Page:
Perched on a rock above the Garden terraces, the medieval Castle contains one of the finest collections of paintings and furniture in Wales. It was originally built as a fortress by Welsh princes and was later adapted and enriched by generations of Herberts and Clives. This is a great day out for the whole family to enjoy.
The world-famous garden, overhung with clipped yews, shelters rare and tender plants. Laid out under the influence of Italian and French styles, it retains its original lead statues and an orangery on the terraces. High on a rock above the terraces, the castle, originally built circa 1200, began life as a medieval fortress.
Remodelled and embellished over more than 400 years, it reflects the changing needs and ambitions of the Herbert family – each generation adding to the magnificent collection of paintings, sculpture, furniture and tapestries.
The Welshpool and Llanfair Light Railway was built in 1903 to link farming communities with the market town of Welshpool and provide them with an outlet for their produce. Operated at first by the Cambrian Railways, the line was taken over by the Great Western and then British Railways.
After 1931 the railway only carried freight traffic and was finally closed in 1956; but that was not the end. In 1963 a group of enthusiasts rallied round and began to progressively re-open the line until it became the railway you see today.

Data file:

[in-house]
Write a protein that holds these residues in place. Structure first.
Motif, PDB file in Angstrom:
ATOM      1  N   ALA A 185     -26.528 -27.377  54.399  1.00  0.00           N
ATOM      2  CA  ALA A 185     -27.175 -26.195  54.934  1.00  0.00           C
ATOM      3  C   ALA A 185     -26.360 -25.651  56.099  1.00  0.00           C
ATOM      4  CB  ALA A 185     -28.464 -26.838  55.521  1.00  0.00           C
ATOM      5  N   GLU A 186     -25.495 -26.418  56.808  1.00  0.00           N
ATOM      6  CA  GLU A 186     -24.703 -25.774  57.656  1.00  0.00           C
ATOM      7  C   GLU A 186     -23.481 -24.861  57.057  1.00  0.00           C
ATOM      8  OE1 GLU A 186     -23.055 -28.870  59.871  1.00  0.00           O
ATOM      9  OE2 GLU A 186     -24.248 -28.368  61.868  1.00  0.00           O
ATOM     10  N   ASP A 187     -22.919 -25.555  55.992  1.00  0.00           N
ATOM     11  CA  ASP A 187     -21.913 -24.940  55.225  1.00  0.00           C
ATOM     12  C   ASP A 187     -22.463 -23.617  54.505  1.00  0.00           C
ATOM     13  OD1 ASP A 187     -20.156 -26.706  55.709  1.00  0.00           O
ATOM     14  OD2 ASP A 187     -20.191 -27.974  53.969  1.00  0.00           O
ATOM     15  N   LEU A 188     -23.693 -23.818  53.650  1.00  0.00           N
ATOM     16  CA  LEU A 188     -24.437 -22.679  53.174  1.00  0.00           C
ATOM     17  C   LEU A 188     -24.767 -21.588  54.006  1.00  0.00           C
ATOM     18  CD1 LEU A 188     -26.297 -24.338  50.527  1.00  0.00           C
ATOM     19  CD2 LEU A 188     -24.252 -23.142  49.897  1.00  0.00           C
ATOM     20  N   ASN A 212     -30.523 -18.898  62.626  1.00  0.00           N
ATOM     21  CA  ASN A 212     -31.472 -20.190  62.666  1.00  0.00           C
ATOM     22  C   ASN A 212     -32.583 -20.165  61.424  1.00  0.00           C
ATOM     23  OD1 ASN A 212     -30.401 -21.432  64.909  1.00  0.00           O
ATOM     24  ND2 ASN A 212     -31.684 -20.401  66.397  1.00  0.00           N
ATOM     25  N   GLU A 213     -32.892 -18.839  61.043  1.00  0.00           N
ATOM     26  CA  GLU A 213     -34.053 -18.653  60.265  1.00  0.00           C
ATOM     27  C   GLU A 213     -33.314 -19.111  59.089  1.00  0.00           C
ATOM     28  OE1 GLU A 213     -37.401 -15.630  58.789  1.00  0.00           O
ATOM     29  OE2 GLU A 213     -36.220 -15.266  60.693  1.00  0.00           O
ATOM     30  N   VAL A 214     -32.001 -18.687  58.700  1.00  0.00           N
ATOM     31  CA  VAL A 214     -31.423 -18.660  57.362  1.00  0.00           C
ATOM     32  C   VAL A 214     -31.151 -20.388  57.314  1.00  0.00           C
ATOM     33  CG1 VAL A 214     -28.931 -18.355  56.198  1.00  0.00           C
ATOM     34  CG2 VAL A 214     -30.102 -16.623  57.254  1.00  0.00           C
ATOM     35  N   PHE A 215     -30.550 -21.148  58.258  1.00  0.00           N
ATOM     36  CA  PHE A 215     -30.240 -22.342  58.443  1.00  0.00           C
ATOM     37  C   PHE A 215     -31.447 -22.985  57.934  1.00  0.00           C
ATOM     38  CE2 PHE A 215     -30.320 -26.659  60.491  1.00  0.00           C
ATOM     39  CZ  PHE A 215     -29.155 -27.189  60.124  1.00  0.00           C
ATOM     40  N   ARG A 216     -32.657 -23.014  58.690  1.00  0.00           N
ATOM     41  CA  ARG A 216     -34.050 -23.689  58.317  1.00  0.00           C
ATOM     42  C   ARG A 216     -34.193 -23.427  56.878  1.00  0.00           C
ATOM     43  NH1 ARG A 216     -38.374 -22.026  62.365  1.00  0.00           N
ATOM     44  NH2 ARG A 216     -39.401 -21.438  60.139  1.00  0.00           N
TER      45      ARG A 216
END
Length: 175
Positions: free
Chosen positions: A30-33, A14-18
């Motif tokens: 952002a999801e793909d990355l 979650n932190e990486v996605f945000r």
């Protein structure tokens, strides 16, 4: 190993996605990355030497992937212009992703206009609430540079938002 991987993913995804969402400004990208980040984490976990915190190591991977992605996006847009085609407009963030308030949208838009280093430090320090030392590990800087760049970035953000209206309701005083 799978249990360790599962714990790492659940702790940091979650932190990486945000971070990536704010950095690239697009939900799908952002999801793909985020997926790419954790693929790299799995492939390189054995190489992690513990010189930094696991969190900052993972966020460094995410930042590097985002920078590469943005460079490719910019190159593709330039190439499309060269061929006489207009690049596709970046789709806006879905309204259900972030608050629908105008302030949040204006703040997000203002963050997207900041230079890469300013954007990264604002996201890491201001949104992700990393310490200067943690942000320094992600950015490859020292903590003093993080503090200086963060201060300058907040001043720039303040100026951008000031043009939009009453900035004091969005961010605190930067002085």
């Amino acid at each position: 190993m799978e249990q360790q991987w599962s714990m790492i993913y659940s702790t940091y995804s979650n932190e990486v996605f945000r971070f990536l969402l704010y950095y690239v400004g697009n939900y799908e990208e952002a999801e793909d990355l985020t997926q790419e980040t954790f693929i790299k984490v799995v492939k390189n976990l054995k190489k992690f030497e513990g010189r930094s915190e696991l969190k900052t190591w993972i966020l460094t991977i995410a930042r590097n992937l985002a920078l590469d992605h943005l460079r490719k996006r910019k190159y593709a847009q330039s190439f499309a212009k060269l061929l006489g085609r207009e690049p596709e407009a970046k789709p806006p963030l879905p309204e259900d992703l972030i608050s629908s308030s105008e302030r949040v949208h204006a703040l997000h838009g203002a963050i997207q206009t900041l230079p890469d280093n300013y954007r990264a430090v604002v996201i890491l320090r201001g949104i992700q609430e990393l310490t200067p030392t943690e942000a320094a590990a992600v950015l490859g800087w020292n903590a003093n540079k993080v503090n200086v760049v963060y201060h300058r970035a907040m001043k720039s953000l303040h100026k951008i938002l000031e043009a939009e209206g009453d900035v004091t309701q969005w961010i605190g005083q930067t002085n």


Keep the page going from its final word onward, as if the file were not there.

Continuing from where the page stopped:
Kerry Vale Vineyard is a small, family run, English vineyard situated on the Welsh / English border of rural Shropshire. Planted in 2010 and covering six acres of farmland, on what was the Roman Fort of Pentrheyling, the vineyard resides at the eastern tip of the Vale of Kerry – an area of exceptional beauty , just 3 miles south of the charming town of Montgomery.
Vineyard tours are run three times a week and the Wine Café and Cellar Door shop is open throughout the season for morning coffee, lunches and afternoon tea.
Aberdyfi boasts some of the finest beaches in Britain with four miles of golden sand-dune backed shoreline running north to Tywyn. The beaches are popular with sunbathers, swimmers, surfers and fishermen while the estuary attracts a wide range of watersports enthusiasts. The Royal Oak is the ideal base for visiting Aberdovey as it is just over an hour’s drive from the hotel on a scenic and colourful drive.
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